On Tuesday 22 September, Carlos Romero, a 44-year old from Sant Esteve Sesrovires, Barcelona, will swim across the Strait of Gibraltar in support of IRB Barcelona’s Oncology Programme.
In April, he launched the campaign Nadar contra corriente (Swim against the current) to raise awareness of the project, which is backed by supporters, companies and businesses in the area.
On Tuesday 22 September, Carlos Romero, a 44-year-old telecom engineer from Sant Esteve Sesrovires, Barcelona, will swim across the Strait of Gibraltar in support of cancer and metastasis investigation performed at the Institute for Research in Biomedicine (IRB Barcelona). His fundraising challenge started five months ago with the launch of the project Nadar contra corriente (Swim against the current), through which he has collected almost 4,500 € from supporters, companies and businesses in the Baix Llobregat area.
"Through this project I want to make a contribution to the anonymous work of scientists who are working to benefit society at large," says Carlos, who travelled to Tarifa on Sunday in preparation for jumping into the sea on Tuesday. He aims to swim the 14.4 km that separate Europe from Africa. "Because of the strong currents, this means swimming about 17 km, which corresponds to 12,250 supporting strokes," he explains.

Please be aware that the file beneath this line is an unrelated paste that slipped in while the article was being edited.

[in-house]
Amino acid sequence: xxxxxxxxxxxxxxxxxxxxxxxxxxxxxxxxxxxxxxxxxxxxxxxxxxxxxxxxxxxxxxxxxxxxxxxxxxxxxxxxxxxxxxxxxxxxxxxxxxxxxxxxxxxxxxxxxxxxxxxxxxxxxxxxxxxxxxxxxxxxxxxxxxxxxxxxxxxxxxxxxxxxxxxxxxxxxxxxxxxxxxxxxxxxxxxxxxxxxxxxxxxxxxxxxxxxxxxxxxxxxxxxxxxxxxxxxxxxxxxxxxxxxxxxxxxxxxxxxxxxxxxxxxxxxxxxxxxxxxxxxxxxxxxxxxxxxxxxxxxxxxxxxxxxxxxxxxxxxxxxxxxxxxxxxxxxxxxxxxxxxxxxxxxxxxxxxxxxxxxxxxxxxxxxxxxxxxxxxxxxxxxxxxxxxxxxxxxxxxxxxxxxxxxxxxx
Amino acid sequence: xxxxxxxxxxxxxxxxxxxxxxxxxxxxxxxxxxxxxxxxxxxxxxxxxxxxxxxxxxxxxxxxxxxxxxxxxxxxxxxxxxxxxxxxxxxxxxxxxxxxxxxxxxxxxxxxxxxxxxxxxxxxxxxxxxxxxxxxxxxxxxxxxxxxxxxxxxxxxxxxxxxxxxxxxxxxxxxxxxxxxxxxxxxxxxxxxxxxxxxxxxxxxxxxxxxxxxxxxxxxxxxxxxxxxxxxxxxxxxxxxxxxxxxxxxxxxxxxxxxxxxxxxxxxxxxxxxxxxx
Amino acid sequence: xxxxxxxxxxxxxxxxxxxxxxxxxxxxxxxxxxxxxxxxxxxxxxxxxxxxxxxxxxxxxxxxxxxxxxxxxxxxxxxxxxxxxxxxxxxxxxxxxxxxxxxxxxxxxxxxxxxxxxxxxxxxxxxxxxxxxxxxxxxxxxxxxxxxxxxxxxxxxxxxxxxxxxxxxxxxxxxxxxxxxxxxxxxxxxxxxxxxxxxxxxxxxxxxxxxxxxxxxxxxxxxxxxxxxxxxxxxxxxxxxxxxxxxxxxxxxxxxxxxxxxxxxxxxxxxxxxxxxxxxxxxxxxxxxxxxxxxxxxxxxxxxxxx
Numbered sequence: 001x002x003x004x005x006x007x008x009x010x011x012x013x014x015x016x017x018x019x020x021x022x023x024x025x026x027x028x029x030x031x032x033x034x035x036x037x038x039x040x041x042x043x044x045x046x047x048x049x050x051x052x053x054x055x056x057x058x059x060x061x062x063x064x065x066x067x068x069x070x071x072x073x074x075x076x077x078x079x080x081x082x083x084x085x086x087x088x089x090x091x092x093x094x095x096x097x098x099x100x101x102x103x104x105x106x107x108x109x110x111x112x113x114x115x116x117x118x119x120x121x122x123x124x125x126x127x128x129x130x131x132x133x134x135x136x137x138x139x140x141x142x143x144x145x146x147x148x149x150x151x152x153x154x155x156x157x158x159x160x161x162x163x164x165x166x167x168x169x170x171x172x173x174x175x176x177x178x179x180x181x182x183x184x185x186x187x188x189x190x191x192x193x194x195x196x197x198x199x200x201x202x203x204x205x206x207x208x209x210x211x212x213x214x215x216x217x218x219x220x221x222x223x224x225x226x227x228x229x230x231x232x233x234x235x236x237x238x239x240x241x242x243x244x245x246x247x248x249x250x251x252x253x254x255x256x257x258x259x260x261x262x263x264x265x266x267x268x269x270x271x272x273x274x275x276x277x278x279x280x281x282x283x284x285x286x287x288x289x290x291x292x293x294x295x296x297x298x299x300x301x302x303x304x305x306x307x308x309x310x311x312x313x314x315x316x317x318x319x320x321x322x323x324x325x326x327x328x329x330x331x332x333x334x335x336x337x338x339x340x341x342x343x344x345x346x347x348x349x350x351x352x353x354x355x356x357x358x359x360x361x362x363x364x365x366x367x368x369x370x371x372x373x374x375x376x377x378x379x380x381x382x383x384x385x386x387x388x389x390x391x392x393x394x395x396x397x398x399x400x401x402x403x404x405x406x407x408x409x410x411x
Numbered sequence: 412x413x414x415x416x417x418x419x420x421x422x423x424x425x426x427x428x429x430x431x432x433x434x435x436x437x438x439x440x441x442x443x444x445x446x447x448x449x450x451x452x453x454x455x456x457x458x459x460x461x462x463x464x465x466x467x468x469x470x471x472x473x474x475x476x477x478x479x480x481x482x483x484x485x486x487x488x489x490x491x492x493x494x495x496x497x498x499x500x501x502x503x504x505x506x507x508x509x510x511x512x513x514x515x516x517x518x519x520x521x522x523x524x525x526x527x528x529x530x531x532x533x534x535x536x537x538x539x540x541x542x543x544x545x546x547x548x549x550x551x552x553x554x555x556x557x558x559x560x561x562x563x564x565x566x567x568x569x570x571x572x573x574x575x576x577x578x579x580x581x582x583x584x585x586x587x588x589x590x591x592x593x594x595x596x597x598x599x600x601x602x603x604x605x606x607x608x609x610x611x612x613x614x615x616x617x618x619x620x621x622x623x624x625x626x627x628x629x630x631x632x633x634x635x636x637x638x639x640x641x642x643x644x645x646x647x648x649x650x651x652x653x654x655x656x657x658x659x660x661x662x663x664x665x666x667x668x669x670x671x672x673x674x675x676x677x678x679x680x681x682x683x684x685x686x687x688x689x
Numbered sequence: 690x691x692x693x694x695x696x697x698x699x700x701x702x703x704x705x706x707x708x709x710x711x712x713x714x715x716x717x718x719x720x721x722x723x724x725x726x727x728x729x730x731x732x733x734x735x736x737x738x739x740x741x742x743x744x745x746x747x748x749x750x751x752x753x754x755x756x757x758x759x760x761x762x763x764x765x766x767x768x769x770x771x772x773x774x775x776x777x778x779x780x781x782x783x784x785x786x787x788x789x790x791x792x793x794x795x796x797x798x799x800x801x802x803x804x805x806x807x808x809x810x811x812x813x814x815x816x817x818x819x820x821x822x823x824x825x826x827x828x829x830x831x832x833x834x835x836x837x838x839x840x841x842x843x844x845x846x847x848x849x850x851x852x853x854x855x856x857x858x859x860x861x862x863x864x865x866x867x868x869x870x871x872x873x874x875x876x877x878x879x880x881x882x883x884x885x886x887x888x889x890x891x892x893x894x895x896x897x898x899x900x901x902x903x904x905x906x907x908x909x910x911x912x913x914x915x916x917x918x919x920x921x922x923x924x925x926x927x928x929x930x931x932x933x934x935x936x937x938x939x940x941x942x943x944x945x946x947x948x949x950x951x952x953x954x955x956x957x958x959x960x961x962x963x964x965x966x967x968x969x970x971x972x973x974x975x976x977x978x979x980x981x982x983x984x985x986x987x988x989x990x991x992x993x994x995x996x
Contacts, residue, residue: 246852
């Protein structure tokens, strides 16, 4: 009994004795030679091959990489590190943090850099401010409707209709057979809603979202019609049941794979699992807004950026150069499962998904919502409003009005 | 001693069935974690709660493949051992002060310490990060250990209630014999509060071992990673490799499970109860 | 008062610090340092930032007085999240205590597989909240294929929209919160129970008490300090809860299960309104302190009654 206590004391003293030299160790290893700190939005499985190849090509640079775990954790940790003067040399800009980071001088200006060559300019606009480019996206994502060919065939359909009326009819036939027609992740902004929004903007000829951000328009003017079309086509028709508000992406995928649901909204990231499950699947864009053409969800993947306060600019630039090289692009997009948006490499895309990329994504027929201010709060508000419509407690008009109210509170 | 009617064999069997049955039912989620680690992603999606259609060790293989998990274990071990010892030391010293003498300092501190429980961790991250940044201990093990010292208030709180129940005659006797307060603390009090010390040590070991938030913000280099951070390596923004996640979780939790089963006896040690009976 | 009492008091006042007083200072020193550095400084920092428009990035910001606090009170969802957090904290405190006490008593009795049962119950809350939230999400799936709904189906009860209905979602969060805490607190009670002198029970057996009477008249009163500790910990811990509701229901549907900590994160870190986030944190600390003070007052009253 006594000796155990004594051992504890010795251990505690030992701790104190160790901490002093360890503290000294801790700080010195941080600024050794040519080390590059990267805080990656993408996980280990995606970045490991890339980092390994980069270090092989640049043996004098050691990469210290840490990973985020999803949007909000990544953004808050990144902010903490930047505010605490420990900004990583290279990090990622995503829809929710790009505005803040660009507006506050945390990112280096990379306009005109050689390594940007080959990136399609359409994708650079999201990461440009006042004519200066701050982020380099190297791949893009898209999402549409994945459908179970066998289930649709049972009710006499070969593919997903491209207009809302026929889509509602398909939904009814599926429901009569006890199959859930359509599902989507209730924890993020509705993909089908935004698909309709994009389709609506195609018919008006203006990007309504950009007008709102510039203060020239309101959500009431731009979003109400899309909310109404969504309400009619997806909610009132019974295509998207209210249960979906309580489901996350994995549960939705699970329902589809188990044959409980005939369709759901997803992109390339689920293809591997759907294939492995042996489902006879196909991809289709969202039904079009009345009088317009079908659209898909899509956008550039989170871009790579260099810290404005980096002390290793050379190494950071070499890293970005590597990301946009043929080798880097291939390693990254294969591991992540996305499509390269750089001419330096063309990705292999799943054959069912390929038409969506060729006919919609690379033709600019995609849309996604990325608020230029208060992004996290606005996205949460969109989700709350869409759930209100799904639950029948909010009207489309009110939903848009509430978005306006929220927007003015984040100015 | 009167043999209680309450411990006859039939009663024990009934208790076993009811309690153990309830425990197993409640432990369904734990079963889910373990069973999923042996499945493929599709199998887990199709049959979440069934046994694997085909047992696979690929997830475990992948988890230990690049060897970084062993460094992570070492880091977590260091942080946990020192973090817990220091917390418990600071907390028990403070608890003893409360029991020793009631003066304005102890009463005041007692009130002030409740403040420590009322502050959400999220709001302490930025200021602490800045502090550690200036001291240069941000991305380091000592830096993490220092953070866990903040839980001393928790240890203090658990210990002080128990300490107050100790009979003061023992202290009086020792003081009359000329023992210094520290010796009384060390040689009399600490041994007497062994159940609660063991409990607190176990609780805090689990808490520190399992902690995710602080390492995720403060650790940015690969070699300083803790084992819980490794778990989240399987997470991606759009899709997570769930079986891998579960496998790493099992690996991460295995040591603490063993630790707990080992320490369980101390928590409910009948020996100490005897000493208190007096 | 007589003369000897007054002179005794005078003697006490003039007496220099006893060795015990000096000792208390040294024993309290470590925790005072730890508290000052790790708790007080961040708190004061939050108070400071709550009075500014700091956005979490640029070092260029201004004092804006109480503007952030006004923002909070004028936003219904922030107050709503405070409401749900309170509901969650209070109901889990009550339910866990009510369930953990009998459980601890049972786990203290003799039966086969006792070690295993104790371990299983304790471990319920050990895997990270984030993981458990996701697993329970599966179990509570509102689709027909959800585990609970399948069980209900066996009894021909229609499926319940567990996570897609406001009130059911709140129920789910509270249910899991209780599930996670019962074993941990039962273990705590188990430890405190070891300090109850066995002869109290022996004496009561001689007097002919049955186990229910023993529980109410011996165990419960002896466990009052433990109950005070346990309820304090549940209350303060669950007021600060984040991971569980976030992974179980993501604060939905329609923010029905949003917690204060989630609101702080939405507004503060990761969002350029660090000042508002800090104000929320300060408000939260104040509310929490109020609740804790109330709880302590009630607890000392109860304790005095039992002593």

During the five-month campaign, the “Nadar contra corriente” team has participated in fetes to raise awareness of the initiative and has organised a butifarrada (a traditional Catalan BBQ), a charity swim in a local pool, and a fund-raising party—all these events backed by the inhabitants of the town, the Town Council, and local associations. He has also managed to get various companies and collaborators to back the initiative through the donation of funds or through activities in favour of the campaign.
A family history marked by cancer
A personal experience motivated Carlos to start this charity initiative. "My father died from lung cancer when I was 24. Going through an experience like that when you are young marks you for life. In my case, it changed the way I understand life and live life and also my priorities," he explains. A swimming enthusiast, Carlos had been considering the idea of swimming the Strait of Gibraltar for some time and linking the challenge with raising funds for charity. "IRB Barcelona struck me as an ideal centre to which to donate the funds raised," he says.
Carlos Romero’s initiative is one of many examples of public support of the centre, "a growing trend of great value because it shows that the general public is committed to science. I am most grateful for Carlos’ effort and this gratitude is extended to all those who support us in our mission. Their support makes us stronger," says Joan Guinovart, director of IRB Barcelona.
To date, fewer than 700 people have managed to swim across this expanse of water, a figure five times smaller than the number of mountaineers who have climbed Everest. The website www.nedarcontracorrent.org provides more information about the project and live progress reports will be given through social networks via the tag #ElRetoNCC.